Menu

CARD CRACKING

CARD CRACKING
Posted: Apr 2, 2018
Comments: 0
Author: Lou Grilli

Card-cracking, also called card-popping, is one of the fastest growing forms of card fraud that no one’s heard of, and its hitting credit unions. Card cracking takes on many forms, but the most common is college students allowing a fraudster to have their debit card number and login information in exchange for some payment, and then deposit bad checks or run up charges, and have the student claim the card was lost or stolen. It’s a form of friendly fraud that’s not very friendly, and the temptation cost 9 Florida Gators their football careers.

 

Background: Card-cracking: Not so innocent victims

 

Card-cracking is a national problem, one that’s growing. Fraudsters take advantage of naïve, usually college-aged debit cardholders, who are led to believe that there’s nothing wrong with the proposed activity, since the cardholder is protected from fraudulent charges under Reg E. Fraudsters target their prey over social media, or paper ads posted in college dorms and student centers. Fake accounts on snapchat, with screen captures of large deposits in bank accounts, saying this is a legitimate way to earn extra money, are not uncommon. The victims usually don’t possess the financial savvy to see the illegality of their actions, and instead see a path to some quick money, with nothing to lose. Often the victim has very little money in their account and falsely believes that they don’t have much to lose. The fraudster approaches the prey, offering a payment, or a “cut” of checks to be laundered through the debit account. The account holder provides access to their account as well as the physical card. Once the card-cracker has access to the account, they deposit multiple bad checks – usually remotely – and then make quick ATM withdrawals. The goal is to get the cash in hand before the bank figures out the checks are phony. The account holder is also at risk of having their own money stolen from their accounts and having unauthorized purchases made with their debit cards.

 

The account holder is then instructed to report the card as stolen or lost, thereby limiting their liability. It is very difficult for the credit unions to prove that the account holder was complicit in the activity, and the burden falls on the credit union to reimburse “stolen” funds and open a new account.

 

“Complicit Victim”

 

Many of the “victims” do not understand or are too naïve to believe that they are facilitating a crime. At the beginning of the 2017-2018 football season, 9 members of the University of Florida football team were accused of various forms of card fraud, some involving card-cracking tactics. In addition to being suspended from the team, they also face charges filed by the Gainesville police.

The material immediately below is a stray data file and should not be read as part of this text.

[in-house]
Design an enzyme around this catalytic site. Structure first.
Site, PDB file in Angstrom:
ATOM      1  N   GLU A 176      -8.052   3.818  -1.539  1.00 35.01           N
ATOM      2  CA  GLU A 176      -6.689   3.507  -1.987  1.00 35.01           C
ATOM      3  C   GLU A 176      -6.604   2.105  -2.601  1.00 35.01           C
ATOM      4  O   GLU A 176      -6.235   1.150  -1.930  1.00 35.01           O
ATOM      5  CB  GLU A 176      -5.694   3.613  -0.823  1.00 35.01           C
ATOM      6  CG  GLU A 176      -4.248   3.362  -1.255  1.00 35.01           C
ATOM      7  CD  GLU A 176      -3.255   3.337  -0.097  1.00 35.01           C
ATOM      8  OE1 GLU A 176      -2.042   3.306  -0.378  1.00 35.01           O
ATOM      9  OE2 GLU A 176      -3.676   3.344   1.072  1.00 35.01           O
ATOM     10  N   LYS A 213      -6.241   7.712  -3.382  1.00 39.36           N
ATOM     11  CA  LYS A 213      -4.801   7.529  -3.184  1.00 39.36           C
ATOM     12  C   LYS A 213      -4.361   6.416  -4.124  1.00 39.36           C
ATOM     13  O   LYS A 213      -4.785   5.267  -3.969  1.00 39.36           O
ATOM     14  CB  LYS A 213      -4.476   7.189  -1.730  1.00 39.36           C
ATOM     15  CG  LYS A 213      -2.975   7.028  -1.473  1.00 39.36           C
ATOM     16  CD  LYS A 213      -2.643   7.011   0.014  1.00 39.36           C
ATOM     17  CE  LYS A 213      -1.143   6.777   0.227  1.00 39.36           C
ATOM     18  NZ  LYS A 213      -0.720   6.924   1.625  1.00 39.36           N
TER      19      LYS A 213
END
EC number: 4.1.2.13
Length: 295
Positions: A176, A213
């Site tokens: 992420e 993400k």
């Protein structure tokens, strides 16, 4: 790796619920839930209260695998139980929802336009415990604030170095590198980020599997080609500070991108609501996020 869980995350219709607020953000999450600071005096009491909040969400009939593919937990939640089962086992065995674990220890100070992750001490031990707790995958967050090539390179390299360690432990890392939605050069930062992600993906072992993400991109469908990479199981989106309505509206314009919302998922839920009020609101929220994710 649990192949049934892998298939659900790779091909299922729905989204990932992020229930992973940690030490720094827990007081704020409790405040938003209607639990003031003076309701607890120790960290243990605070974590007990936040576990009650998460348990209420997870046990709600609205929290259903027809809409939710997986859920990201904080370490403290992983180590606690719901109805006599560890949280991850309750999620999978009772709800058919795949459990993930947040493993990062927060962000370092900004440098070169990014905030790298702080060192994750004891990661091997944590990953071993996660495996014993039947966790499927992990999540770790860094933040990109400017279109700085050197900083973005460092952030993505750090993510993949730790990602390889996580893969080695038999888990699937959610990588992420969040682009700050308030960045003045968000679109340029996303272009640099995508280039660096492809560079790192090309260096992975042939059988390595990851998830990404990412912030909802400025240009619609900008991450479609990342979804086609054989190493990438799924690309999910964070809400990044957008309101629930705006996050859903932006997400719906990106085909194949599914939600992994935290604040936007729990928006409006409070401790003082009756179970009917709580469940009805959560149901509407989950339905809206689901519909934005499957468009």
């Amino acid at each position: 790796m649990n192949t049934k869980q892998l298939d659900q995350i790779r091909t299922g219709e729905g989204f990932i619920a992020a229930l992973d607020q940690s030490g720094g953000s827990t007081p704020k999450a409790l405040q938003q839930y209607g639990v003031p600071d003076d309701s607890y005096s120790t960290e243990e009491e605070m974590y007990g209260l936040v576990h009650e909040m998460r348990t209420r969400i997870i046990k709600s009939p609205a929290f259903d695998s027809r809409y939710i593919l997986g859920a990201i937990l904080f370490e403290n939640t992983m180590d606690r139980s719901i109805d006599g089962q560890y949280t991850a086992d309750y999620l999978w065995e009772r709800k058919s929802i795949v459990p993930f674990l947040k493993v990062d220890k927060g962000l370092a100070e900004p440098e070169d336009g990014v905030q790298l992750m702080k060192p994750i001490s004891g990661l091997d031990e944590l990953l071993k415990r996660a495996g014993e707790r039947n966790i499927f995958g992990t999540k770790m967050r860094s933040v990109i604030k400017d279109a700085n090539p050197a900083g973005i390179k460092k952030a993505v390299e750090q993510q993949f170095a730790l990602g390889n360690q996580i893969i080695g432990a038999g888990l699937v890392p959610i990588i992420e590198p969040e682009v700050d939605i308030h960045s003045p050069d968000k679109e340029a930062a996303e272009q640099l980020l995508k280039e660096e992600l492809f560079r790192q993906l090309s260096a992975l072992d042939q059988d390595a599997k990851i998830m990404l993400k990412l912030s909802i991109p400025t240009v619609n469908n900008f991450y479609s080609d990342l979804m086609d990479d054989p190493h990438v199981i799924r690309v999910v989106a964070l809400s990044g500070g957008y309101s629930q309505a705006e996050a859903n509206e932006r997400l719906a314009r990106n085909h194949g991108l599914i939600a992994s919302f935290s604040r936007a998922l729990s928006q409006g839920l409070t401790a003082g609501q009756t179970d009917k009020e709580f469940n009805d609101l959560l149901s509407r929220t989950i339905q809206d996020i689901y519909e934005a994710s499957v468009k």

In a much bigger case, the New York District Attorney reported an elaborate ring of card-crackers, who deposited over $2.5 million in fraudulent checks across 650 bank accounts in 7 banks, netting $1 million before being stopped. 39 people were charged, but the implication is that the account holders of those 650 bank accounts were complicit in the activity. At peak, the scammers, as a group, were netting $30,000 - $40,000 per week.

 

Best Practices

 

Credit unions need to be vigilant in recognizing patterns which point to fraud in which the victim is an accomplice and educate the fraud staff to this nearly invisible type of fraud. Credit unions must also make their members aware of:

  • Offers on Facebook, Instagram and Snapchat that provide quick money in exchange for access to your savings or share draft account and really are too good to be true.

  • Fraud via social media. Never provide your account number or debit card over in Facebook messenger. Your credit union will never ask you for account information via social media.

  • The fact that participating in any such activity is a crime, and in so doing, the member becomes a conspirator to credit card fraud, punishable by up to 30 years in prison. 

  • Ads related to card cracking on social media. If the member sees an ad, they must report it immediately to the social media site.

To learn more about card fraud, attend the immersion18 conference, and sit in on the fraud track on May 9, where Visa will provide an industry update on card fraud, and Pennsylvania State Employees Credit Union will provide first-hand lessons and best practices on dealing with this and other types of fraud.

Print
Rate this article:
4.8
Lou Grilli

Lou GrilliLou Grilli

Lou is the AVP of Product Development & Thought Leadership at Trellance and is responsible for providing leadership to the organization on emerging payments and industry trends, as well as managing the product portfolio.

Other posts by Lou Grilli

Full biography , Contact author

Please login or register to post comments.

search

Featured Stories